Getting the Anderton house listing had been a real coup in this smallish town with no multiple-listing service. If Mother could sell it quickly, it would be a feather in her cap (as if her cap needed any more adornment) and of course a hefty fee. The Anderton house might truthfully be called the Anderton mansion. Mandy Anderton, now married and living in L.A., had been a childhood acquaintance of mine, and I’d been to a few parties at her house. I remembered trying to keep my mouth closed so I wouldn’t look so impressed.

Listen, said Mother with sudden resolution, you’re going to meet the Bartells for me.

What?

She scanned me with business eyes, rather than mother eyes. That’s a nice dress; that rust color is good on you. Your hair looks okay today, and the new glasses are very nice. And I love your jacket. You take this fact sheet and run along over there—please, Aurora? The coaxing tone sat oddly on my mother, who looked like Lauren Bacall and acted like the very successful Realtor / broker she is.

Just show them around? I asked, taking the fact sheet hesitantly and sliding forward to the edge of the blue leather chair. My gorgeous brand-new rust-and-brown suede pumps finally met the floor. I was dressed so discreetly because today was the third day I’d followed Mother around, supposedly learning the business while studying for my Realtor’s license at night. Actually, I’d spent the time daydreaming. I would much rather have been looking for my own house. But Mother had pointed out cleverly that if I was in the office, I’d get first chance at almost any house that came up for sale.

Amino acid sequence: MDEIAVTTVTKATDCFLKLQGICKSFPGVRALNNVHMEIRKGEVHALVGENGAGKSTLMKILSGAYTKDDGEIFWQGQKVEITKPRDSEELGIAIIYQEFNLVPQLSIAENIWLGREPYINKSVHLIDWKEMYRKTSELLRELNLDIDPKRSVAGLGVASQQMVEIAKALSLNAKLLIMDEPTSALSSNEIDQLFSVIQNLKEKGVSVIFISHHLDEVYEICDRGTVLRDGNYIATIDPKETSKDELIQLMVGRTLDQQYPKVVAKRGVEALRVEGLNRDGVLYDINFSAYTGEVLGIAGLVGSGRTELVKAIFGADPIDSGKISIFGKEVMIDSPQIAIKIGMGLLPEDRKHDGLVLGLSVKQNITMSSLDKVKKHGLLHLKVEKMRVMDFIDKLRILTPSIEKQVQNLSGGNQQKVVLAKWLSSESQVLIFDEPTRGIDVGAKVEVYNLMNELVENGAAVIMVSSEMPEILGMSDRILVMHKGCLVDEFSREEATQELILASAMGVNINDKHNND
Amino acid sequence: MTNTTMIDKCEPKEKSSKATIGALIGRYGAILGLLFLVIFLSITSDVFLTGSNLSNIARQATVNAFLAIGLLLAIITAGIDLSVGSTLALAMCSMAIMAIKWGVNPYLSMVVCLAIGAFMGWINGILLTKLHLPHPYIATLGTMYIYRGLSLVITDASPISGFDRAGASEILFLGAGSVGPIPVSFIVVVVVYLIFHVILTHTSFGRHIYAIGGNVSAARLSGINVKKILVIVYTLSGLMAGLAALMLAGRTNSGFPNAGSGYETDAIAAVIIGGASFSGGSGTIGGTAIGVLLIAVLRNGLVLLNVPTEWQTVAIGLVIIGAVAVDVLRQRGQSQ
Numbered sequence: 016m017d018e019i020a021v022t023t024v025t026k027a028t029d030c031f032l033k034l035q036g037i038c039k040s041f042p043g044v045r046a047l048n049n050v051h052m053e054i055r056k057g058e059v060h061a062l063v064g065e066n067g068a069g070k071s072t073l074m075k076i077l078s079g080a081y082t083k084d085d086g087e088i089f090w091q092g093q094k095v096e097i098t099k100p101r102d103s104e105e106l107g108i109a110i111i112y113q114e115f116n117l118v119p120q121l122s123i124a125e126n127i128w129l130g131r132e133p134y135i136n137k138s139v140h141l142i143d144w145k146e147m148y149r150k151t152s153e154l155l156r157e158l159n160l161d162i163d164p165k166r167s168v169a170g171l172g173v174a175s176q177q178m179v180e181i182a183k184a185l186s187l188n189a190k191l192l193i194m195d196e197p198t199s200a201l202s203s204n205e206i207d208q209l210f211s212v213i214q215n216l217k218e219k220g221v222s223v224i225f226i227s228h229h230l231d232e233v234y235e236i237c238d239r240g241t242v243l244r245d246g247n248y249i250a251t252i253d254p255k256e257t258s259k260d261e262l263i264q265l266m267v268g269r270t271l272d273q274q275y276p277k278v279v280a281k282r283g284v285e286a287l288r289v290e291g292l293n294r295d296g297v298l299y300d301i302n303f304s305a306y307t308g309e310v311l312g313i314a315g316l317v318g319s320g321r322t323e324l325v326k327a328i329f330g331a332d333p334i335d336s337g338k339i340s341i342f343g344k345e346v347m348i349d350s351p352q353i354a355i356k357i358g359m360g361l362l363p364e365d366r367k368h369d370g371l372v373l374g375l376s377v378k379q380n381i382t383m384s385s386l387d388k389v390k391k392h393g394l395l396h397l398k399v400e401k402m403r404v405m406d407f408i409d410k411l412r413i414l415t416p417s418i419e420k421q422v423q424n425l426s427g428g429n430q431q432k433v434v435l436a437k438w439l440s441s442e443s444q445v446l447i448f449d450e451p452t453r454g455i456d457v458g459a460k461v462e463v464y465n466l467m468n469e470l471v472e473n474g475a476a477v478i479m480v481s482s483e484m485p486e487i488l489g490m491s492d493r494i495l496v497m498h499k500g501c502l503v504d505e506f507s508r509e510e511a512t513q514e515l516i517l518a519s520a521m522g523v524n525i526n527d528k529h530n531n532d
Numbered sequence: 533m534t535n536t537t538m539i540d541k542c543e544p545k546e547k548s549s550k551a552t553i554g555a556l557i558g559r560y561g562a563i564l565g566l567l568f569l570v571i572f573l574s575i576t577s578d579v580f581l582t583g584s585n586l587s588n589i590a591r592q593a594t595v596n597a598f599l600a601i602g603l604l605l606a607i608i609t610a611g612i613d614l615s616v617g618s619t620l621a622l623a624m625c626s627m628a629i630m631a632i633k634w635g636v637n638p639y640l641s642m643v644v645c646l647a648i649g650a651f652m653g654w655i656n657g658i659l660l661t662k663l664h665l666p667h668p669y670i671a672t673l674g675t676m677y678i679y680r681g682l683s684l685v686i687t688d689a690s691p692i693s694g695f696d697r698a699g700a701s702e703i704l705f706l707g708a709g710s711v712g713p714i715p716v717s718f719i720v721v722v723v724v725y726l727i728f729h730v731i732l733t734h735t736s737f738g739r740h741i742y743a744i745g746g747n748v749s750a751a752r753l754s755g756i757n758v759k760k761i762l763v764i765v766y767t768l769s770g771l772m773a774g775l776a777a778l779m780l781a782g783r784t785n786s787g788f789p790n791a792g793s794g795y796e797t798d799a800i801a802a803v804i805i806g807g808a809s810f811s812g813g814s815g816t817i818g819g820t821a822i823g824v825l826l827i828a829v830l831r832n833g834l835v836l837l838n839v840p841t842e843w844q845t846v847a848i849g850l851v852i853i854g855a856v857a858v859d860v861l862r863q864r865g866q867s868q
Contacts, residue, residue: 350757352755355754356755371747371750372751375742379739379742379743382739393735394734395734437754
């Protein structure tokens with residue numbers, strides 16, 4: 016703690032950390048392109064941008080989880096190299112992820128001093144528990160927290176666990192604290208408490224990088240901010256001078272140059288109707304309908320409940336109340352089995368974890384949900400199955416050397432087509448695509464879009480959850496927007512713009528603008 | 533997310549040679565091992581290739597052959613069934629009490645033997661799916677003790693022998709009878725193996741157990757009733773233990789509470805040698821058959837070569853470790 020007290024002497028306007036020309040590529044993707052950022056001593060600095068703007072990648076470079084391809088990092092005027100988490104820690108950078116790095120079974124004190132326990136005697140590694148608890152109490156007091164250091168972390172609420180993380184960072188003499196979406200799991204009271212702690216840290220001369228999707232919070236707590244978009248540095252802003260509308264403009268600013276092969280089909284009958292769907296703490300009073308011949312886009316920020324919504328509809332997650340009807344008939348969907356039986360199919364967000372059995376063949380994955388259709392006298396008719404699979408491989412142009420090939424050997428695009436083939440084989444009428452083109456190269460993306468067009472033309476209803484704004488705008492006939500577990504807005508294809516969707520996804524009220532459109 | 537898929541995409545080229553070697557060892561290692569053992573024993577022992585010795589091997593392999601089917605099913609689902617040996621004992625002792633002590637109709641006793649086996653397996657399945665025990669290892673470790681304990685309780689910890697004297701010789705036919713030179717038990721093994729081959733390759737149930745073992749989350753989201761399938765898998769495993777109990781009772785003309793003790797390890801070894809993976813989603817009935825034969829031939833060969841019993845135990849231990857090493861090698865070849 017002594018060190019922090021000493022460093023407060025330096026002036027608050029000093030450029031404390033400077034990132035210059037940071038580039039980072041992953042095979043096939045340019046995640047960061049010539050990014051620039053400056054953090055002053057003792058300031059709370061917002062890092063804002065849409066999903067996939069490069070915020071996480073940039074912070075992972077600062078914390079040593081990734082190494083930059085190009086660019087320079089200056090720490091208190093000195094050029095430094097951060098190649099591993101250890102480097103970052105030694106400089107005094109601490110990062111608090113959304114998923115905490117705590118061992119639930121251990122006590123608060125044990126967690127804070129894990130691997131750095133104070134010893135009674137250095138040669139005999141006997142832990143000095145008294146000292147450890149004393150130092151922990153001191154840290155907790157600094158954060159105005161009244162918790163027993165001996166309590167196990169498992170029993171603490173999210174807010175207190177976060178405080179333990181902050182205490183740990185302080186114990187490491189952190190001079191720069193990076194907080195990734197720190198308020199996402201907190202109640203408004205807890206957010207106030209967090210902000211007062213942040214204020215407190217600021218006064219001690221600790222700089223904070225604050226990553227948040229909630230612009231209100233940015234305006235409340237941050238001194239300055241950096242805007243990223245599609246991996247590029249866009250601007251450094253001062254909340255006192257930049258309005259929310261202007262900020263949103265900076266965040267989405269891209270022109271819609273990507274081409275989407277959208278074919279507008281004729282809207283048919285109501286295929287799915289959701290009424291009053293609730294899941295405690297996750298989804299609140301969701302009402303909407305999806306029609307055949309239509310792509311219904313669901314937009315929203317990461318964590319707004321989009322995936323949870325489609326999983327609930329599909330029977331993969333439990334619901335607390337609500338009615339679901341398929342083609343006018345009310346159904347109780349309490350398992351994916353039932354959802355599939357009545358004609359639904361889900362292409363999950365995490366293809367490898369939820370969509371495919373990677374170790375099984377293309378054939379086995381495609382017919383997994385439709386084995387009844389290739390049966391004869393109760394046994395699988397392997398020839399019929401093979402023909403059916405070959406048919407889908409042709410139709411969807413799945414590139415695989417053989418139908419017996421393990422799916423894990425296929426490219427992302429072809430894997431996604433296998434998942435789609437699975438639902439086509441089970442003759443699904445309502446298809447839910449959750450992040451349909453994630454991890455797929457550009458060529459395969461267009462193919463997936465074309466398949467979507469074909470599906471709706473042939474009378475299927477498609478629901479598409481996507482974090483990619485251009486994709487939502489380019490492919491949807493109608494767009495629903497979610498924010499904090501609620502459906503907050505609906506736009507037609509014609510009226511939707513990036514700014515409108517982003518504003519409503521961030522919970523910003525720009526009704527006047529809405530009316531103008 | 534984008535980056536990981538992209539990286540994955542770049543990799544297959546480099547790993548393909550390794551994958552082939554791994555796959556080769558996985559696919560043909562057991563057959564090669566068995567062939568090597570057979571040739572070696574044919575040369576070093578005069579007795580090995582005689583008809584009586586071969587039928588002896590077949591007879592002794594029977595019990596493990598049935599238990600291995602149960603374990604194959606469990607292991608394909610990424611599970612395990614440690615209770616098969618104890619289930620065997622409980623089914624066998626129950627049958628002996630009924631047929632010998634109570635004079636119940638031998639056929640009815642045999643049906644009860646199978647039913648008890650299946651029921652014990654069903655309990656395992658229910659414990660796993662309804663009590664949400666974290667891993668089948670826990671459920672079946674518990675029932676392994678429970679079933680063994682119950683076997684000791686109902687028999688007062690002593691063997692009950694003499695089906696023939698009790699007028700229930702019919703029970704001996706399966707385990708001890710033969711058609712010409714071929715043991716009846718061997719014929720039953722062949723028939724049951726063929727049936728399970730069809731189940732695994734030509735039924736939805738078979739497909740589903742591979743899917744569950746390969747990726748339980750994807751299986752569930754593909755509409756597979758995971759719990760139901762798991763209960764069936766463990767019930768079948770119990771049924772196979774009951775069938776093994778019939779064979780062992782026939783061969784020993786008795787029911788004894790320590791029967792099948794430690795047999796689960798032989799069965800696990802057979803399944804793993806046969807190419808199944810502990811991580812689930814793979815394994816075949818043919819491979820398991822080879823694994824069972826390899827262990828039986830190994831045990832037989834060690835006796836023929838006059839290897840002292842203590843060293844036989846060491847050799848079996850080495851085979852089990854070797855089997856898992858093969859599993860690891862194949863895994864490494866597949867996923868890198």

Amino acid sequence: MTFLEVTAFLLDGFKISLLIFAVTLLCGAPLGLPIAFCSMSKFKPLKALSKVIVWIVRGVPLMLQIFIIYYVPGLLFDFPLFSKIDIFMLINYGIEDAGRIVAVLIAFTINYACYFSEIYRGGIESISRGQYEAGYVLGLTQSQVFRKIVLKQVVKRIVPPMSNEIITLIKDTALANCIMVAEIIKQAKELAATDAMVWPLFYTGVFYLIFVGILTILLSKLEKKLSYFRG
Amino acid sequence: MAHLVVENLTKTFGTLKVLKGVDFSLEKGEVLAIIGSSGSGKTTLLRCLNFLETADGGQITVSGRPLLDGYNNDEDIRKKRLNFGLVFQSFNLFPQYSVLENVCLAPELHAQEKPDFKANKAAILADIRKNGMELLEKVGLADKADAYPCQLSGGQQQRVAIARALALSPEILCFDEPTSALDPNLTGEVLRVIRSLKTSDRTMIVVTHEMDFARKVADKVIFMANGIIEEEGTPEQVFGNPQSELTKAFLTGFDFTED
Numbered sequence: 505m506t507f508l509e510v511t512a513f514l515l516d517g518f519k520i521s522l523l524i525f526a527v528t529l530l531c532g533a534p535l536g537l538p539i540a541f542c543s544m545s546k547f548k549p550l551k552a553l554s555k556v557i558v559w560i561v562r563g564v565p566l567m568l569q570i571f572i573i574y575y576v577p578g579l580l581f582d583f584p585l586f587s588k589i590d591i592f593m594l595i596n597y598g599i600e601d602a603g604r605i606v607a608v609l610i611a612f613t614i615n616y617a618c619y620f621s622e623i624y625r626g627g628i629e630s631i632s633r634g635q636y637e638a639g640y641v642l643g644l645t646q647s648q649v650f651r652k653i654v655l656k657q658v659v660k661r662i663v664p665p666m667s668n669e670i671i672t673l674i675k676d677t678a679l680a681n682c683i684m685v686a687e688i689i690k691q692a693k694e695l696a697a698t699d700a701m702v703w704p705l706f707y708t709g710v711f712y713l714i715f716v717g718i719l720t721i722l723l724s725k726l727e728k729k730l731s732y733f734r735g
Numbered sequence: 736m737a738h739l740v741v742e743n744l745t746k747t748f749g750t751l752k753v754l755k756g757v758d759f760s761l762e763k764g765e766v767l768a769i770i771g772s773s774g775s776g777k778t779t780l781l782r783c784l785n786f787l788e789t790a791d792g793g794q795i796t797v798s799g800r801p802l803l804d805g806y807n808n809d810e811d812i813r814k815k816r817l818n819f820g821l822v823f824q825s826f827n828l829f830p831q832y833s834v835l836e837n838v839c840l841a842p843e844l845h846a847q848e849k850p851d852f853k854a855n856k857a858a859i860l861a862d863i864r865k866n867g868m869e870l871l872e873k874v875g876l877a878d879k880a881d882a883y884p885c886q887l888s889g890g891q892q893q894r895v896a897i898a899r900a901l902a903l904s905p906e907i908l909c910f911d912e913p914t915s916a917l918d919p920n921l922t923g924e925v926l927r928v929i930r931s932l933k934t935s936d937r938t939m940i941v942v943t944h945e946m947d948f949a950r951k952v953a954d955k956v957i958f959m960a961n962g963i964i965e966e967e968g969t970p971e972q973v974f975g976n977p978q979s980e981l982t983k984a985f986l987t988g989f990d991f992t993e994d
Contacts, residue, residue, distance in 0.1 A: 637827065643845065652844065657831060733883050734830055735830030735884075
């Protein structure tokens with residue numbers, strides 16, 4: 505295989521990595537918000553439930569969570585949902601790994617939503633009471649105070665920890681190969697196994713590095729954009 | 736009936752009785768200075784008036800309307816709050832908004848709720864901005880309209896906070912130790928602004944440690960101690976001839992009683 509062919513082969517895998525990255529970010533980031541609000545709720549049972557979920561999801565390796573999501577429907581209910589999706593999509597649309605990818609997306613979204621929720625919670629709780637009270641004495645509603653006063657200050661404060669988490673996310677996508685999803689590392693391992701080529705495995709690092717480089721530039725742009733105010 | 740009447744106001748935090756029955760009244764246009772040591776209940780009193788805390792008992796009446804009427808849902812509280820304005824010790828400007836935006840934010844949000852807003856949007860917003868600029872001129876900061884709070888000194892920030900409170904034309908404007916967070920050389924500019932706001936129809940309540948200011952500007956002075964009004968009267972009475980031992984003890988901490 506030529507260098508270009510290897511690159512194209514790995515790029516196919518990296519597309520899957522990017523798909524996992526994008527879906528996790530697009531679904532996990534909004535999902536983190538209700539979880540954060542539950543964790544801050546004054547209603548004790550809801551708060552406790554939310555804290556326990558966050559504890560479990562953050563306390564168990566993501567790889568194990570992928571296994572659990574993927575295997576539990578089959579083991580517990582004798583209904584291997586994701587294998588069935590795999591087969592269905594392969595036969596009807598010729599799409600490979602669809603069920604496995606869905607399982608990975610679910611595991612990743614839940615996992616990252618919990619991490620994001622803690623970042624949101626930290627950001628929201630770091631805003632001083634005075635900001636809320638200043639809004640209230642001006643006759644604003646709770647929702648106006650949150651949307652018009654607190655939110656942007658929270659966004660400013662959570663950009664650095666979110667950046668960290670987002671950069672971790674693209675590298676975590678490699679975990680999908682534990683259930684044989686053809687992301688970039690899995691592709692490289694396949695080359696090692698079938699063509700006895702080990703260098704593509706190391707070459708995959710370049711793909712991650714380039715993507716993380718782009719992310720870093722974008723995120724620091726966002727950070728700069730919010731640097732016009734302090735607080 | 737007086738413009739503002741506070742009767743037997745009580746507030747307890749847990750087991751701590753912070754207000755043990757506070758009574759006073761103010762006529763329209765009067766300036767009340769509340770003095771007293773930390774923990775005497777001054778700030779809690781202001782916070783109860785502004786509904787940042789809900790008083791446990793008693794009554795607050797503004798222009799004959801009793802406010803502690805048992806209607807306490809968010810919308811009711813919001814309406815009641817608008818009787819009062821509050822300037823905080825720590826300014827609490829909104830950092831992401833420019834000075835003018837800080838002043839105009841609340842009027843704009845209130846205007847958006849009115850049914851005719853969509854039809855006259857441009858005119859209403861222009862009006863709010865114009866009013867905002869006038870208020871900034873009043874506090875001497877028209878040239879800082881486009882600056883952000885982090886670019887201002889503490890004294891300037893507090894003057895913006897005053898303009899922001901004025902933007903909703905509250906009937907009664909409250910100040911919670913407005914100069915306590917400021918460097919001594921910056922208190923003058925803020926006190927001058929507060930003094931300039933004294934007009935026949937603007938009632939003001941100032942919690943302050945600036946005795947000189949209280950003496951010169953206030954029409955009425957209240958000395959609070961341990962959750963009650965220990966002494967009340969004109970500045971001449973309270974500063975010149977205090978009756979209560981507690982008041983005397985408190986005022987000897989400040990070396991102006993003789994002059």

Meeting the Bartells might be more interesting than observing Mother and the banker going through the apparently endless paperwork-and-signature minuet that concludes a house sale.

Just till I get there, my mother said. "You’re not a licensed Realtor, so you can’t be showing them the house. You’re just there to open the door and be pleasant until I get there. Please explain the situation to them, just enough to let them know it’s not my fault I’m late. Here’s the key. Greenhouse Realty showed the house yesterday, but one of them must have given it to Patty early this morning; it was on the key board when I checked."

Okay, I said agreeably. Not showing a rich couple a beautiful house was bound to be much more entertaining than sitting in a bank lobby.

I stuffed my paperback into my purse, put the Anderton key on my key ring, and kept a safe grip on the fact sheet.

Thanks, Mother said suddenly.

Sure.

You really are pretty, she said unexpectedly. And all the new clothes you bought are so much better than your old wardrobe.

Well…thanks.

Since Mary Elizabeth Mastrantonio was in that movie, your hair seems to strike people as fashionable rather than unmanageable. And, she went on in an unprecedented burst of candor, I’ve always envied you your boobs.

I grinned at her. We don’t look like mother and daughter, do we?

You look like my mother, not me. She was an amazing woman.

My mother had stunned me twice in one morning. Talking about the past was something she just didn’t do. She lived in the here and now.

Are you feeling okay? I asked nervously.

Yes, fine. I just noticed a little more gray this morning.

We’ll talk later. I’d better get going.

Goodness, yes! Get over there! Mother had looked at her watch again.

* * *

Luckily I’d met Mother at the bank instead of going with her from the office, so I had my own car. I got to the Anderton mansion in plenty of time to park to one side so my practical little car wouldn’t mar the view from the curb. Two months ago, when old Mr. Anderton had died, Mandy Anderton Morley (his sole heir) had flown in from Los Angeles for the funeral, put the house on the market the next day, and flown back out to her rich husband after clearing her father’s clothes out of the master bedroom and emptying all the drawers into boxes that she had shipped to her home. All the furniture was still in place, and Mandy had indicated to my mother she would negotiate with the buyers if they wanted some or all of the furnishings. Mandy had never been a sentimental person.